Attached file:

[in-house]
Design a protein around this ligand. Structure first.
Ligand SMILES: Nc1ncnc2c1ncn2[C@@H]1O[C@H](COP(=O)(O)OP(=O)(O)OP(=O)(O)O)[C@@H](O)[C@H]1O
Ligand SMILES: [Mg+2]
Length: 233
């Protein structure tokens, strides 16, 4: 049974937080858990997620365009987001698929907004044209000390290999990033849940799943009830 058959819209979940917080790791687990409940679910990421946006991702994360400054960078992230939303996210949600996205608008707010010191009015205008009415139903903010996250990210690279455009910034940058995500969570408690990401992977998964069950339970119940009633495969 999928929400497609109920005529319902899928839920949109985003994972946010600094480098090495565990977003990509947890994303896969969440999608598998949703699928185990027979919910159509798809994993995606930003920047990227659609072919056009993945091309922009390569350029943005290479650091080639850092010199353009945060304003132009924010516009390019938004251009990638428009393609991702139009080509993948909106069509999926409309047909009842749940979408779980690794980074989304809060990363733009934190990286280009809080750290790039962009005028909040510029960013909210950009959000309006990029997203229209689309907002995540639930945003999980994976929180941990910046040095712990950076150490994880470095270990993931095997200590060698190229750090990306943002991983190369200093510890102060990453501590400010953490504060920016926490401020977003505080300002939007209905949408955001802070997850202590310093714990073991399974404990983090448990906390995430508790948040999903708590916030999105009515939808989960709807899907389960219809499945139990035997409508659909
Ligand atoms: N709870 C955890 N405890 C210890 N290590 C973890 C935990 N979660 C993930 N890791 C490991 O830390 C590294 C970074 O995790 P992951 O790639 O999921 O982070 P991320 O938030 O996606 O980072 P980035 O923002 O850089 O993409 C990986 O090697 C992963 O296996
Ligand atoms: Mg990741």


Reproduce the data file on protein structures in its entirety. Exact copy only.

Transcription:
[in-house]
Design a protein around this ligand. Structure first.
Ligand SMILES: Nc1ncnc2c1ncn2[C@@H]1O[C@H](COP(=O)(O)OP(=O)(O)OP(=O)(O)O)[C@@H](O)[C@H]1O
Ligand SMILES: [Mg+2]
Length: 233
């Protein structure tokens, strides 16, 4: 049974937080858990997620365009987001698929907004044209000390290999990033849940799943009830 058959819209979940917080790791687990409940679910990421946006991702994360400054960078992230939303996210949600996205608008707010010191009015205008009415139903903010996250990210690279455009910034940058995500969570408690990401992977998964069950339970119940009633495969 999928929400497609109920005529319902899928839920949109985003994972946010600094480098090495565990977003990509947890994303896969969440999608598998949703699928185990027979919910159509798809994993995606930003920047990227659609072919056009993945091309922009390569350029943005290479650091080639850092010199353009945060304003132009924010516009390019938004251009990638428009393609991702139009080509993948909106069509999926409309047909009842749940979408779980690794980074989304809060990363733009934190990286280009809080750290790039962009005028909040510029960013909210950009959000309006990029997203229209689309907002995540639930945003999980994976929180941990910046040095712990950076150490994880470095270990993931095997200590060698190229750090990306943002991983190369200093510890102060990453501590400010953490504060920016926490401020977003505080300002939007209905949408955001802070997850202590310093714990073991399974404990983090448990906390995430508790948040999903708590916030999105009515939808989960709807899907389960219809499945139990035997409508659909
Ligand atoms: N709870 C955890 N405890 C210890 N290590 C973890 C935990 N979660 C993930 N890791 C490991 O830390 C590294 C970074 O995790 P992951 O790639 O999921 O982070 P991320 O938030 O996606 O980072 P980035 O923002 O850089 O993409 C990986 O090697 C992963 O296996
Ligand atoms: Mg990741």